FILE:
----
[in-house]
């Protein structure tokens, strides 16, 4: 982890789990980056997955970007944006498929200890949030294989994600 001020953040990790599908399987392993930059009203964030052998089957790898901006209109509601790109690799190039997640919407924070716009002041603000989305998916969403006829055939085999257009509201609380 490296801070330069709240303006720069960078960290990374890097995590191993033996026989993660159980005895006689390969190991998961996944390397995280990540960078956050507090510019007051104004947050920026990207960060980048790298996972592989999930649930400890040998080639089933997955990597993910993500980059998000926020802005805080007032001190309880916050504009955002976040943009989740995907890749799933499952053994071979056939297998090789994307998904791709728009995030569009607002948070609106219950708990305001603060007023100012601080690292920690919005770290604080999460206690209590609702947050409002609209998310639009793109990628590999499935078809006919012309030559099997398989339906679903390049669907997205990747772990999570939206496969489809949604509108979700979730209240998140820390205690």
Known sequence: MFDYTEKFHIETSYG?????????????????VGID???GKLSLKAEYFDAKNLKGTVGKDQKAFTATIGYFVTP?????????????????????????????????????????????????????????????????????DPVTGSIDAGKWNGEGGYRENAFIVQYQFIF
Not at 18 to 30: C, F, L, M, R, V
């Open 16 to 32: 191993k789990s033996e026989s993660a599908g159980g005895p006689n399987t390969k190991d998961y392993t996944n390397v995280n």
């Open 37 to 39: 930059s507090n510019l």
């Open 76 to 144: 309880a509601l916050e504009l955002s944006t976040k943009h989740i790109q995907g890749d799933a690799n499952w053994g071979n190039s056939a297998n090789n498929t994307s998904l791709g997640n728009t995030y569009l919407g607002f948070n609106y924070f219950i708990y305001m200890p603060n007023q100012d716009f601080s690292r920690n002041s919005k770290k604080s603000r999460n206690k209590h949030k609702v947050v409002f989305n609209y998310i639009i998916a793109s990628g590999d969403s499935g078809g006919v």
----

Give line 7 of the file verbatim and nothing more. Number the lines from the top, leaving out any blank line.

């Open 76 to 144: 309880a509601l916050e504009l955002s944006t976040k943009h989740i790109q995907g890749d799933a690799n499952w053994g071979n190039s056939a297998n090789n498929t994307s998904l791709g997640n728009t995030y569009l919407g607002f948070n609106y924070f219950i708990y305001m200890p603060n007023q100012d716009f601080s690292r920690n002041s919005k770290k604080s603000r999460n206690k209590h949030k609702v947050v409002f989305n609209y998310i639009i998916a793109s990628g590999d969403s499935g078809g006919v």